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11-18-2003, 03:45 AM
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Originally Posted by Tom_Benjamin
All I've done is make your arguments sound as ridiculous as they are. We have a business that generates billions, managers who are paid millions, a CBA that leaves them free to spend or not, and they are blaming the employees because they are losing money. And you buy it! If they are losing money it is their own fault. Not ours. Not the players. Theirs.
You've done nothing of the sort. All you've done is manage to spout the same old rhethoric, and when you run out of arguements, which is quite often, you'll resort to personal attacks. It's same level of maturity as the individuals on the trade board who start cursing when people don't like the draft picks for superstar proposal.

As for the owners, I do believe it is their fault they are losing money, although, I think they're biggest flaw is signing a CBA that let that happen. Payroll cost is the biggest expense, and the largest factor in determining profitability in this case. That's why this CBA takes on more importance, and hence my interest in its outcome.

Originally Posted by Tom_Benjamin
Is this a high risk business? Sure. If John McCaw wanted low risk he could have invested in Microsoft or something. There has always been feast and famine in this business. Years with low profits and years with staggering profits. Build a winner and you clean up. Build a loser and you get mocked and your revenues barely cover expenses. That's the way the business works.
If you admitted you don't know anything about their finances (since all information available is tainted by the owners), then how can you make this claim. Pick a side. You've stated that all financial information has been tainted by the owners, and cannot be used to make any conclusions, yet you continue to make conclusions from it. You can't have it both ways. You've been avoiding this issue. Why don't you address your inconsistencies in your arguments.

Originally Posted by Tom_Benjamin
I sometimes wonder myself. I definitely don't expect to change your views, but I've been surprised at the number of individuals who I have influenced. I think I appeal to their common sense. Mostly though I am pissing into the wind.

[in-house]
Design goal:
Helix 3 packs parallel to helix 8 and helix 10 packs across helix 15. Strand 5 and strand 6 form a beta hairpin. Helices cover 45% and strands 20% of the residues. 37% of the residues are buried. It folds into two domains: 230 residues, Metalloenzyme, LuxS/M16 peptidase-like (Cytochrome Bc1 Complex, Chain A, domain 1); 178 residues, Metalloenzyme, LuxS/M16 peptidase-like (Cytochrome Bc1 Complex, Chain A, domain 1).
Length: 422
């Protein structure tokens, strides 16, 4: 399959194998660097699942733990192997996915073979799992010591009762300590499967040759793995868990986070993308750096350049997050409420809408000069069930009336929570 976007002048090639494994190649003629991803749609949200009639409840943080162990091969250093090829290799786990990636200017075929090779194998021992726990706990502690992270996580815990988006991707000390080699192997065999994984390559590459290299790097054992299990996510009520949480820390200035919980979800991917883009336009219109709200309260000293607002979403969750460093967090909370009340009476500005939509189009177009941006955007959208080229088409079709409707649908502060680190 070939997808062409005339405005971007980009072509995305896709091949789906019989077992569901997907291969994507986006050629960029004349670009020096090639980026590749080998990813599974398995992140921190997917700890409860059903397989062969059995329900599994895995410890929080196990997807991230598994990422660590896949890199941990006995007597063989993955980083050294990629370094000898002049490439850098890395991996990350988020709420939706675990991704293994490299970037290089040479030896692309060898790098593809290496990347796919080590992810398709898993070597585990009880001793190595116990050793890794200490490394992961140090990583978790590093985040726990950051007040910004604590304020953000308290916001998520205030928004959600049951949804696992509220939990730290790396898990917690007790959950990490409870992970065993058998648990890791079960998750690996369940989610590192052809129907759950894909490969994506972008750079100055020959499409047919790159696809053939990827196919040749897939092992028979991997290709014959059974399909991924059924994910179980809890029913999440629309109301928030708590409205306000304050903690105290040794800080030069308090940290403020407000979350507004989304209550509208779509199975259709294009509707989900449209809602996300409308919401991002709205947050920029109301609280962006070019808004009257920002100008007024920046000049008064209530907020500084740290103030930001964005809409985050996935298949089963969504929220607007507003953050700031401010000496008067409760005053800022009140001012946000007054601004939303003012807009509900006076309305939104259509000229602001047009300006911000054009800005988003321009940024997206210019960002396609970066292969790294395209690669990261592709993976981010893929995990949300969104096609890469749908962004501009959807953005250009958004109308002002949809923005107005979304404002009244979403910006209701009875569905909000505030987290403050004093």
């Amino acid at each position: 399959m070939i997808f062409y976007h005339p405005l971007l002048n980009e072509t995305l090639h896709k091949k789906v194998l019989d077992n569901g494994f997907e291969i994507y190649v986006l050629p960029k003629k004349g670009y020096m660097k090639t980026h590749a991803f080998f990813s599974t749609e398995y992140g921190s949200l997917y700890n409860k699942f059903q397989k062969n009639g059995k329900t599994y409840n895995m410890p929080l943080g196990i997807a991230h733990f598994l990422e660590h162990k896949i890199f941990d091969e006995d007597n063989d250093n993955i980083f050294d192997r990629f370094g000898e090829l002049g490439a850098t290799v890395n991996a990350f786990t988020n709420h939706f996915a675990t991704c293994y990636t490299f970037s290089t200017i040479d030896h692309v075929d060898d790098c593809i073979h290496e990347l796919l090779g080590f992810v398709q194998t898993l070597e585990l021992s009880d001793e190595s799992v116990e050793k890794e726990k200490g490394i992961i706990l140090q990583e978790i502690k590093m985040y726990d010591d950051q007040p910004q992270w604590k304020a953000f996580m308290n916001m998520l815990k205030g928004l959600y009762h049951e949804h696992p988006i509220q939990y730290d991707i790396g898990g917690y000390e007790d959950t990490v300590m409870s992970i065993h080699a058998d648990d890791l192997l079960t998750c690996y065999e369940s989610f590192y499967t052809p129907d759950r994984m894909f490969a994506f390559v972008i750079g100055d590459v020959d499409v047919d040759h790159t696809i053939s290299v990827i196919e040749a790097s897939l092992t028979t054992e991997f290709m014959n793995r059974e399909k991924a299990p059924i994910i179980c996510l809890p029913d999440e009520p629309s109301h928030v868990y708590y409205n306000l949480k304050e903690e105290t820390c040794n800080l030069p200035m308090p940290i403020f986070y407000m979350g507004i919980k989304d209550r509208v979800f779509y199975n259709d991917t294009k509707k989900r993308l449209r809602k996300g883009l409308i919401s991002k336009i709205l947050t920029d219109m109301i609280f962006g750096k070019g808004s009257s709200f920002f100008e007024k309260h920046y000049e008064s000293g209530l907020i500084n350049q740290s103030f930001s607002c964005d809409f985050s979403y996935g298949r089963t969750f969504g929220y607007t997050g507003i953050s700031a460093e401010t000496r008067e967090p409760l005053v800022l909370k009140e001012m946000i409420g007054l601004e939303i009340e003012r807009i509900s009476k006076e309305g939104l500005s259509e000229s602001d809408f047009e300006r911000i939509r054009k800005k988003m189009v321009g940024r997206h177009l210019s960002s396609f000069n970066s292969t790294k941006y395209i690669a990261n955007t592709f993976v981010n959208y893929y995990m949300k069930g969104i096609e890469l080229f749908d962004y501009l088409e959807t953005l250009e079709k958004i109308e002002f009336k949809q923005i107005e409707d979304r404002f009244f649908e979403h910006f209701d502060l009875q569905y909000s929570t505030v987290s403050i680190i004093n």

You appeal at their paranoia, and their hate of big business. There are many people that do not like the concept of big business, and you offer them hollow statements that is contrary to the popular view that gives them further justification for hating these businesses.

Originally Posted by Tom_Benjamin
I]Some[/I] of the changes have the ability to change the game? Now there's a strong statement. Too trifling to talk about, I guess. You never challenge the core premise to my argument about what the owners really want. I say they want to eliminate elite teams. I say that will suck.
Why on earth would I have this discussion with you. To have a discussion on how the changes will improve the game, we would first need agreement on the problems that game currently has, which we won't. You think the NHL's current model is fine. I do not.

I think the current CBA is inflationary, and is pushing up salaries. I believe that a new CBA is needed to ensure the stability is needed. Unlike your accusations, I do not think the objective is to eliminate elite teams, but instead to give more teams the opportunity to reach the elite level.

The problems with "Elite Teams" is that there isn't an equal opportunity to get that status in each market. Management in Edmonton or Calgary needs to be more proficient to get to an elite level than management in the bigger markets like New York, Toronto or Detroit. Those markets have much more resources that can be thrown at players. That's a problem to me, and one that I think can be partly mitigated with a new CBA.

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